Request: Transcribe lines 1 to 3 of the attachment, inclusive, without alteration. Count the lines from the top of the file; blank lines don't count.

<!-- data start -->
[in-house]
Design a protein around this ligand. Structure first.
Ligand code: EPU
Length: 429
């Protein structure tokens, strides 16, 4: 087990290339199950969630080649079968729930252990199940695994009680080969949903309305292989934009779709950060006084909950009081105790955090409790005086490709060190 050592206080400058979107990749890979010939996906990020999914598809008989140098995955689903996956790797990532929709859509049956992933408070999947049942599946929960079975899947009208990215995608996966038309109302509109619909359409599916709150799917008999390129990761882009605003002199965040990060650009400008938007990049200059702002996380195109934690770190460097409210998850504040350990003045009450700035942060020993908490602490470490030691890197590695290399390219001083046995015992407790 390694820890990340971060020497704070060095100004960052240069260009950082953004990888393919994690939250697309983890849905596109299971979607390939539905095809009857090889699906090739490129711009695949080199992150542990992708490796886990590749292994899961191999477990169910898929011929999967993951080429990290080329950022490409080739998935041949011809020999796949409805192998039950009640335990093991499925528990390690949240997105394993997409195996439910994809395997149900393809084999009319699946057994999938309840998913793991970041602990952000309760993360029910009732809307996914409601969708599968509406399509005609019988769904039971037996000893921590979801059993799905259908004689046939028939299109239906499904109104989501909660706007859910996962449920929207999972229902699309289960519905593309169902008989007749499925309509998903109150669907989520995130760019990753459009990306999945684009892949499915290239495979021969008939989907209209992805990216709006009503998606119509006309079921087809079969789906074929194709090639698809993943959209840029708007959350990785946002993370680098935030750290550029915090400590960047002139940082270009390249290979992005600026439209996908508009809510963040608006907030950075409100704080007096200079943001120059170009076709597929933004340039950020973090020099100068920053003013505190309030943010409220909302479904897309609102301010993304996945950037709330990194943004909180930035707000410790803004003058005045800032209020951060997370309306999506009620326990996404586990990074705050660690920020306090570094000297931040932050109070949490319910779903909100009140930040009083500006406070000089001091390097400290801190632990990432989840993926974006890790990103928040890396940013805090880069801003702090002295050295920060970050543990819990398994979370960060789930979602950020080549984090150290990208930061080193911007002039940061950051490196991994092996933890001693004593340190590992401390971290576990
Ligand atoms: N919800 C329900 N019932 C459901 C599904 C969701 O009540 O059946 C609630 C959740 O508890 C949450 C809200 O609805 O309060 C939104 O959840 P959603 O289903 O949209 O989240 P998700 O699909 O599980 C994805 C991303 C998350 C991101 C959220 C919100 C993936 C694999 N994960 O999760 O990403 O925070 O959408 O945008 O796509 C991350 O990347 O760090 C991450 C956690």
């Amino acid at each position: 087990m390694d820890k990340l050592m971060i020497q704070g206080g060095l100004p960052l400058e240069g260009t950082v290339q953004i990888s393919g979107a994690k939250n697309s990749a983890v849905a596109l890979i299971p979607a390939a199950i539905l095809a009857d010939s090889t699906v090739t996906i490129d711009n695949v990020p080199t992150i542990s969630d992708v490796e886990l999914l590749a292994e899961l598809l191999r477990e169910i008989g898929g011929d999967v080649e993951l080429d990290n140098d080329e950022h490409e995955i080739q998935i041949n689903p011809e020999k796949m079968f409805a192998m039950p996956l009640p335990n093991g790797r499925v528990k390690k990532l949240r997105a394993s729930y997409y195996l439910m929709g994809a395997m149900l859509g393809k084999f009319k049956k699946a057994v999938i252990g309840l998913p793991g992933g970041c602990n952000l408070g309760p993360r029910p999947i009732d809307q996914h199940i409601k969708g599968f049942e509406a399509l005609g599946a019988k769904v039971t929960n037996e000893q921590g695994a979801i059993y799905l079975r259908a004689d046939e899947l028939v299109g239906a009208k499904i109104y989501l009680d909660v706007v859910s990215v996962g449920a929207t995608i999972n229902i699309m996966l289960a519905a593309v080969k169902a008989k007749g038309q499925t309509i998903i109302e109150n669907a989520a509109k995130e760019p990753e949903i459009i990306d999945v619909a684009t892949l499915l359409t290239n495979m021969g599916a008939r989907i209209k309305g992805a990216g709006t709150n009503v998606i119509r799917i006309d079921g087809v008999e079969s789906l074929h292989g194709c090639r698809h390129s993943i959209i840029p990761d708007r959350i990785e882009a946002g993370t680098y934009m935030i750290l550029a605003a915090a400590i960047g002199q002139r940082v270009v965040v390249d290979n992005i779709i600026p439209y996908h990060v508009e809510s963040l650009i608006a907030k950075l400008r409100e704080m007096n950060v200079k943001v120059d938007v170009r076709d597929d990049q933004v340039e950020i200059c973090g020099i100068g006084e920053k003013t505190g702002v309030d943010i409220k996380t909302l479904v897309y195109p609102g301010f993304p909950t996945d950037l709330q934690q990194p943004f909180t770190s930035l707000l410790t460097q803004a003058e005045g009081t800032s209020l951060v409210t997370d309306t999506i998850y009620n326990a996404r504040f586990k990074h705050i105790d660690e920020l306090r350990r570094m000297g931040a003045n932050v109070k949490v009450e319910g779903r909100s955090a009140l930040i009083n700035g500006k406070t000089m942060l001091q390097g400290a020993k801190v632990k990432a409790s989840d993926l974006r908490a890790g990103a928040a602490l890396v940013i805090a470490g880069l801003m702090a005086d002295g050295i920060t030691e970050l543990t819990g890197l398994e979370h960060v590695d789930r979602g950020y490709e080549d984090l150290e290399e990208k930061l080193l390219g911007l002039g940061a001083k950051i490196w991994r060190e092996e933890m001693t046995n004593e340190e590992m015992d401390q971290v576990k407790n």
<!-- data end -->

[in-house]
Design a protein around this ligand. Structure first.
Ligand code: EPU